The main runway 06/24 was reconstructed from 2012 - 2013 due to poor technical conditions. During reconstruction, runway 12/30 was the only usable runway as runway 04/22 is closed permanently.[9] The runway reconstruction was originally planned for three stages. The first stage in 2012, the second stage in 2013 and the last stage in 2014. However, runway 12/30 (which would be used during the reconstruction of the main runway) is not equipped for low visibility landings as it offers only ILS CAT I landings. In addition, the approach path of runway 12/30 goes above high-density population areas (such as Prague 6 and Kladno). Therefore, the second and the third stage of the runway reconstruction had to be merged so the works could be finished in 2013.[10][11]



Prague Airport has two main passenger terminals, two general aviation terminals, as well as a cargo facility. Most flights depart Prague Airport from the North Terminals (Terminal 1 and 2). The South Terminals (Terminal 3 and 4) handle a few irregular flights, as well as VIP flights, special flights and small aircraft.

  • Terminal 1 is used for flights outside the Schengen Area; it was opened in 1997, it includes concourses A and B
  • Terminal 2 is used for flights within the Schengen area; it was opened on 17 January 2006, it includes concourses C and D
  • Terminal 3 is used for private and charter flights; it was opened in 1997
  • Terminal 4 is used exclusively for VIP flights and state visits; it is the oldest part of the airport which was opened on 5 April 1937.[citation needed]

There are also two freight terminals, Cargo Terminal 1 is operated by Menzies Aviation Czech while Cargo Terminal 2 is operated by Skyport.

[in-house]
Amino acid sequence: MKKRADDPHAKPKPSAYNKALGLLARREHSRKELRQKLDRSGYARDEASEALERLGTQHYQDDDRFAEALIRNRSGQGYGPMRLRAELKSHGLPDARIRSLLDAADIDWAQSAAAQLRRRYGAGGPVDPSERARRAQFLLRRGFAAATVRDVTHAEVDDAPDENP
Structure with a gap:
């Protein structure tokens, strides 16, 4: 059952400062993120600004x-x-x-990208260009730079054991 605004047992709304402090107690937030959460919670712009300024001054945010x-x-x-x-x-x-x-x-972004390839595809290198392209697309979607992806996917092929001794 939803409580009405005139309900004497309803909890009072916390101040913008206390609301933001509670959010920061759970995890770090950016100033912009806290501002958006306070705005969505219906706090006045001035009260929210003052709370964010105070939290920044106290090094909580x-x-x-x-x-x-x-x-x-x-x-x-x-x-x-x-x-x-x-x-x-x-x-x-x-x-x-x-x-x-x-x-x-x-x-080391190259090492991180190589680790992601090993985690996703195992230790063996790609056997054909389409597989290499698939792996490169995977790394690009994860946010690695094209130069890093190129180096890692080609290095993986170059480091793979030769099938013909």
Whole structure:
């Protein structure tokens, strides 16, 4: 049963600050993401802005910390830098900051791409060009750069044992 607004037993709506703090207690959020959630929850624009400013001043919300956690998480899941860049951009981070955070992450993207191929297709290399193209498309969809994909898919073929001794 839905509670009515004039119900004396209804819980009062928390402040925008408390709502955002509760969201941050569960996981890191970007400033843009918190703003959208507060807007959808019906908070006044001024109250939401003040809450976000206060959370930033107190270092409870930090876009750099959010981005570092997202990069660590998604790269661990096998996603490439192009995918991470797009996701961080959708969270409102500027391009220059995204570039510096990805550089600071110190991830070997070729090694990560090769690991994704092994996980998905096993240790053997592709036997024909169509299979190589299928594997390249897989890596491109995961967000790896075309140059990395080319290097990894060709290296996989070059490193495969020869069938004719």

The airport contains two runways in service: 06/24 (till April 1993 07/25) and 12/30 (till May 2012 13/31). Former runway 04/22 is permanently closed for take-offs and landings and is used for taxiing and parking only.[3][9] The most used runway is 24 due to the prevailing western winds. Runway 30 is also used often. Runway 06 is used rarely, while runway 12 is used only exceptionally.


The company operating the airport is Prague Airport (Letit Praha, a. s.), a joint-stock company that has one shareholder, the Ministry of Finance. The company was founded in February 2008, as part of a privatisation process involving the Airport Prague (Správa Letit Praha, s.p.) state enterprise. This action was in accordance with the Czech Republic Government Memorandum Nr. 888, which had been passed on 9 July 2008. On 1 December 2008, Prague Airport took all rights and duties formerly held by Správa Letit Praha, s.p., and Prague Airports took all business authorisations, certificates, employees, and licenses from the former company.[12] The head office of Prague Airport is in Prague 6.[13] The former state-owned enterprise had its head office on the airport property.[14][15]

Airlines and destinations


In summer season 2017, 66 airlines fly to 154 destinations in Europe, Asia, Africa and North America from Prague Airport. It has 10 passenger airlines regularly flying widebody aircraft here, including daily service of Airbus A380 Emirates or Boeing 747-8i Korean Air 4 times a week from SeoulIncheon.[16] The following airlines operate regular scheduled and charter flights to and from Prague:[17][18]

Airlines Destinations
Adria Airways Ljubljana
Aegean Airlines Athens
Aer Lingus Dublin
Aeroflot MoscowSheremetyevo
operated by Rossiya Airlines
Saint Petersburg
Air Baltic Riga
Air Cairo Hurghada, Marsa Alam[19]
Seasonal: Sharm El Sheikh
Air Canada
operated by Air Canada Rouge
Seasonal: TorontoPearson
Air France ParisCharles de Gaulle
Air Malta Seasonal: Malta
Air Serbia Belgrade